Update. We've made progress. A couple of things that helped...
First of all, I am using lukewarm water instead of cold, as PlainandTall recommended above. I think this made an enormous difference.
Secondly, I'm working with him in a halter and leadrope. Before I realized he had an issue with water, I put him in the cross ties. (Wrong. But I didn't know.)
Then I tried it with him totally at liberty in the round pen. I had a hose long enough to stay with him. That wasn't a terrible idea; but he ran from me some, and I really didn't want that. Mostly I stood next to him, one hand on his withers and one hand holding the hose (away from him), and that went OK.
But the best was when I put the halter and leadrope on him. He could still move around, but he couldn't run away from me.
I also let the water splash into a bucket in his stall for about three days straight; and he did get used to this. (This is a stall he can leave if he likes; but the food is in the stall.) But, as you can imagine, it made an enormous muddy mess! I couldn't keep that up forever.
But what really helped was not starting with his feet (as Chestnut Run suggested). I started with his MOUTH! He likes that! Now I've only gotten as far as his mouth, his muzzle, and his nostrils so far. But he likes it! He's so cute trying to chew on the water. He'll take the hose way up into his mouth (like a wormer, which he also likes).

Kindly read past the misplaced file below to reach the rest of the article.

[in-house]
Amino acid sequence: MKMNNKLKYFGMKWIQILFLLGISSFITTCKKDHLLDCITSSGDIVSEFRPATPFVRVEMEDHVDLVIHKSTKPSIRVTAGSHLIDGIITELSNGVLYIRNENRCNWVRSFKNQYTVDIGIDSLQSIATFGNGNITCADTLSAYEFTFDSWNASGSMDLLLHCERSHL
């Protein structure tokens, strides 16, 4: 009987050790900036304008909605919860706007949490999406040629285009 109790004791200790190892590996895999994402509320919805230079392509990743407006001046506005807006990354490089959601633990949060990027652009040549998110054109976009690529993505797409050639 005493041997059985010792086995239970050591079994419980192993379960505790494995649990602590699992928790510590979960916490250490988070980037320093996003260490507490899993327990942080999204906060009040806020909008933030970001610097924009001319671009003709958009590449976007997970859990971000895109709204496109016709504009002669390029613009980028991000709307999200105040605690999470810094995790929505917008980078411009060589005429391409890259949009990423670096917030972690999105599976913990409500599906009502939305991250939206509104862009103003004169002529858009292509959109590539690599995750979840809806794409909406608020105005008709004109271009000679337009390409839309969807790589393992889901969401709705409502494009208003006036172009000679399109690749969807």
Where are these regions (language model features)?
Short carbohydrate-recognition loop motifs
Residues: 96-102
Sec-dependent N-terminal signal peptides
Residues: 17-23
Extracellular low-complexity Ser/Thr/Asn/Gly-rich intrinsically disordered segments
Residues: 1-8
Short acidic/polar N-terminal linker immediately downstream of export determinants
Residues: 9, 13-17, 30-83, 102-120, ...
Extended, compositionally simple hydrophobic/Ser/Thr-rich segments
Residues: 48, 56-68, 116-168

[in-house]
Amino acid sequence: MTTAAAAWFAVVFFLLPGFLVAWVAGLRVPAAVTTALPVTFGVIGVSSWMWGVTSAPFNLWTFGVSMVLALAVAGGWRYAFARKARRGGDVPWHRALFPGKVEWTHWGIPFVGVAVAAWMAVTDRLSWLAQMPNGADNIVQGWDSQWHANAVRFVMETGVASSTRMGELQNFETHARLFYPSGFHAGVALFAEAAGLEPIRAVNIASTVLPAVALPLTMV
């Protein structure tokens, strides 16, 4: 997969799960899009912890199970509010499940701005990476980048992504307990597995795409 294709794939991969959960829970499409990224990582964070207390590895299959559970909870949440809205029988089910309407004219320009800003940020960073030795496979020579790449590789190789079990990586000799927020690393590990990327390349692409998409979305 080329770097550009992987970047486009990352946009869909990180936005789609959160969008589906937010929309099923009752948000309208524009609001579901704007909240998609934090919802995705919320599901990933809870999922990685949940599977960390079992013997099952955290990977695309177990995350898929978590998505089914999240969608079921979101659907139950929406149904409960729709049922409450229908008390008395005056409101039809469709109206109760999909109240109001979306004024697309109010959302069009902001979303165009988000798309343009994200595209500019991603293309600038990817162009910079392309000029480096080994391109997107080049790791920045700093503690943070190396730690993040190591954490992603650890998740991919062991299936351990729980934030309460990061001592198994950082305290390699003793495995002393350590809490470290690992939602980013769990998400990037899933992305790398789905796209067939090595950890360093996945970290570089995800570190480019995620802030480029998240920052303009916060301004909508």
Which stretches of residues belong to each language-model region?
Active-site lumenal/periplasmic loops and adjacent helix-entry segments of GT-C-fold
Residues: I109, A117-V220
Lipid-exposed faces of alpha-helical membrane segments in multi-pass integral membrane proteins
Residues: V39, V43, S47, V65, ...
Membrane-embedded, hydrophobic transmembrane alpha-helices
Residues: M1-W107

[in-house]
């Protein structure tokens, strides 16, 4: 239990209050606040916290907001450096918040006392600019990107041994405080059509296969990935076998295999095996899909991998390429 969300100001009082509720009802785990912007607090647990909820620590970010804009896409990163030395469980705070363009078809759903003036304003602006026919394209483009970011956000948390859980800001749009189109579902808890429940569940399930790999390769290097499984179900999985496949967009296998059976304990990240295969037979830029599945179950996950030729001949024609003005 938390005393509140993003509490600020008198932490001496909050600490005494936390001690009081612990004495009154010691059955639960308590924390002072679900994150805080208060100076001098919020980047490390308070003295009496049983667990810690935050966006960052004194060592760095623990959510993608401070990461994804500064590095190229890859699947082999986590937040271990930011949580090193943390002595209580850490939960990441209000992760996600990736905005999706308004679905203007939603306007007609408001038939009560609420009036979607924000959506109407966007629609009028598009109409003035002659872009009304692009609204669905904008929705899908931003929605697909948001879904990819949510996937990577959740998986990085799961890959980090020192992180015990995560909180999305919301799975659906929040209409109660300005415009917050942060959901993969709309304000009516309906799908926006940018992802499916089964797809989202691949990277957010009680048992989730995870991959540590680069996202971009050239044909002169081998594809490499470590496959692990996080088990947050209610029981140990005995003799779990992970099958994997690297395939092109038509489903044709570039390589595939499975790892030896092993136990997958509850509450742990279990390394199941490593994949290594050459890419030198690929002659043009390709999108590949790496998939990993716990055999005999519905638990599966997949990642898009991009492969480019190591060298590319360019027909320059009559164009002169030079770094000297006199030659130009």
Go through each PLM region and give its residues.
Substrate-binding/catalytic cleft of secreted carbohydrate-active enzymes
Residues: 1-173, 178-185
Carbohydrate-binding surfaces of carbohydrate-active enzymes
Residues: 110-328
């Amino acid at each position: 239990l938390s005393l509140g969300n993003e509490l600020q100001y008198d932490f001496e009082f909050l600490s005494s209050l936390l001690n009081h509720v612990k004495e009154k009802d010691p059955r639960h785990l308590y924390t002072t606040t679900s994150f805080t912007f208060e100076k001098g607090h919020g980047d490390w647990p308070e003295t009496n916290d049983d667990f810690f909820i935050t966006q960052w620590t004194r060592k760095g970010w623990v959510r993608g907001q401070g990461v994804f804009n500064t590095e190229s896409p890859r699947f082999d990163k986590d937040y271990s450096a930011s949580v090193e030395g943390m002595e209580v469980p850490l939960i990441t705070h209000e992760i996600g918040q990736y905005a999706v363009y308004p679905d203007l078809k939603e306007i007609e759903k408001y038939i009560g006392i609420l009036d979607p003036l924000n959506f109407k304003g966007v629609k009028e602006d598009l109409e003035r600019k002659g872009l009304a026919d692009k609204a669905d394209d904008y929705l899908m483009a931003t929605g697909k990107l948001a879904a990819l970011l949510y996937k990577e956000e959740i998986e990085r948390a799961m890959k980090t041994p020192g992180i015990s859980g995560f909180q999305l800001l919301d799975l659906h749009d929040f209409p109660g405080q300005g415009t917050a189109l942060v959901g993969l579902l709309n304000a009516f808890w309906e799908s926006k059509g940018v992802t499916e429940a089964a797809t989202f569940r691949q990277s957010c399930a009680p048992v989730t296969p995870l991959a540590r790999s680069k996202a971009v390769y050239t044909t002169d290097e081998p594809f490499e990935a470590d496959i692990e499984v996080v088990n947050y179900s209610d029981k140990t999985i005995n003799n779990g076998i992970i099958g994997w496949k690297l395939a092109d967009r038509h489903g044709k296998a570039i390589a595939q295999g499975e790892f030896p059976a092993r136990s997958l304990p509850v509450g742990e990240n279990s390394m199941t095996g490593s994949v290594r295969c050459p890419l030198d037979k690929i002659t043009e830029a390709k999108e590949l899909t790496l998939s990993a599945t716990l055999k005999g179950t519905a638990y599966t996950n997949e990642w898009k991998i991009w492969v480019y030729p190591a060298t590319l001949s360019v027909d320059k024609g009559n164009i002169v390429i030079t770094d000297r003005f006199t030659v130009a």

I have high hopes that he's going to enjoy baths before long.
I've had luck with holding the horse in a pretty open area (not cross ties) and just holding the hose in my hand. The horse can circle around me all it wants. As soon as they stop circling, I turn off the hose. Once they are comfortable with that, I start hosing the feet. Again - horse can circle all it wants, I just follow it with the water. Horse stops, I stop hosing and lots of praise/treats/whatever. When the horse tolerates the feet, move up the legs and over the rest of the body.
Timing and coordination are key. Don't try to push too much in any one session and fry his brain -- let it take however many sessions over however many days.
This^ ....You should never remove the pressure(hose) till you get the desired response....which in this case is standing still......then you remove the pressure......once you have the horse standing quiet for a second ....then start requesting longer and longer......and then working to having him standing still while the water is on his body.......I usually work with a long hose in the middle of a big clear area......so horse can circle with out running into anything.